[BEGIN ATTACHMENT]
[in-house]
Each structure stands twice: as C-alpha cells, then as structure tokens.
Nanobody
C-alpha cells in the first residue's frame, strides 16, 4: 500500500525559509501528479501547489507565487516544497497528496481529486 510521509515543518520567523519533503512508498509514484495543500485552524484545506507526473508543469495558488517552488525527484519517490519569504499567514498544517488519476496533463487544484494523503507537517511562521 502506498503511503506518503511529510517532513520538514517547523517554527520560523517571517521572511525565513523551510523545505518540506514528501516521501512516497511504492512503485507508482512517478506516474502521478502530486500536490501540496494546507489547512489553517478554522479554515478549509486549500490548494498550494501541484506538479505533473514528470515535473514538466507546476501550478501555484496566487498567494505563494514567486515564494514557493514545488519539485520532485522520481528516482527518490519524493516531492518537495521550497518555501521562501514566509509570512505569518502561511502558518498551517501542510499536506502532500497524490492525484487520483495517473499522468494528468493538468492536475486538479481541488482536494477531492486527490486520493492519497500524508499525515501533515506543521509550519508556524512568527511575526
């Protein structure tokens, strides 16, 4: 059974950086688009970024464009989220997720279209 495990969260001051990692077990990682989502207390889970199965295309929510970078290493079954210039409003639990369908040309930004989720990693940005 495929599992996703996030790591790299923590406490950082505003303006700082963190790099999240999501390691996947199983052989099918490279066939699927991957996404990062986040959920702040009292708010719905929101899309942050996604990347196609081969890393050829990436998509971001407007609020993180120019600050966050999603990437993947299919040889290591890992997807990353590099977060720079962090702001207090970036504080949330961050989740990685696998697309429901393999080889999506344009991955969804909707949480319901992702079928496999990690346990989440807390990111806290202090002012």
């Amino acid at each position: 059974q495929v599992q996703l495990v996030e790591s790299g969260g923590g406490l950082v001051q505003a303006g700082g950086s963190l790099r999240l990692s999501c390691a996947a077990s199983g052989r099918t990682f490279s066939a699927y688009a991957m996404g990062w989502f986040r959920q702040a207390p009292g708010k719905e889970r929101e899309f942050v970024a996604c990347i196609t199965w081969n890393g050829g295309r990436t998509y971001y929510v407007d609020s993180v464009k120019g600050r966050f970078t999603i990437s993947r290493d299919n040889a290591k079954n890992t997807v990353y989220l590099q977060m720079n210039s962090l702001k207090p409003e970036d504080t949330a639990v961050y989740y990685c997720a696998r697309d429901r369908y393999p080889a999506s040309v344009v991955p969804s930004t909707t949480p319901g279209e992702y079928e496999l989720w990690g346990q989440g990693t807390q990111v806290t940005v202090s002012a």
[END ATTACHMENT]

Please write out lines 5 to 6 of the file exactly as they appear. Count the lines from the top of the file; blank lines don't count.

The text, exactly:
């Protein structure tokens, strides 16, 4: 059974950086688009970024464009989220997720279209 495990969260001051990692077990990682989502207390889970199965295309929510970078290493079954210039409003639990369908040309930004989720990693940005 495929599992996703996030790591790299923590406490950082505003303006700082963190790099999240999501390691996947199983052989099918490279066939699927991957996404990062986040959920702040009292708010719905929101899309942050996604990347196609081969890393050829990436998509971001407007609020993180120019600050966050999603990437993947299919040889290591890992997807990353590099977060720079962090702001207090970036504080949330961050989740990685696998697309429901393999080889999506344009991955969804909707949480319901992702079928496999990690346990989440807390990111806290202090002012």
């Amino acid at each position: 059974q495929v599992q996703l495990v996030e790591s790299g969260g923590g406490l950082v001051q505003a303006g700082g950086s963190l790099r999240l990692s999501c390691a996947a077990s199983g052989r099918t990682f490279s066939a699927y688009a991957m996404g990062w989502f986040r959920q702040a207390p009292g708010k719905e889970r929101e899309f942050v970024a996604c990347i196609t199965w081969n890393g050829g295309r990436t998509y971001y929510v407007d609020s993180v464009k120019g600050r966050f970078t999603i990437s993947r290493d299919n040889a290591k079954n890992t997807v990353y989220l590099q977060m720079n210039s962090l702001k207090p409003e970036d504080t949330a639990v961050y989740y990685c997720a696998r697309d429901r369908y393999p080889a999506s040309v344009v991955p969804s930004t909707t949480p319901g279209e992702y079928e496999l989720w990690g346990q989440g990693t807390q990111v806290t940005v202090s002012a």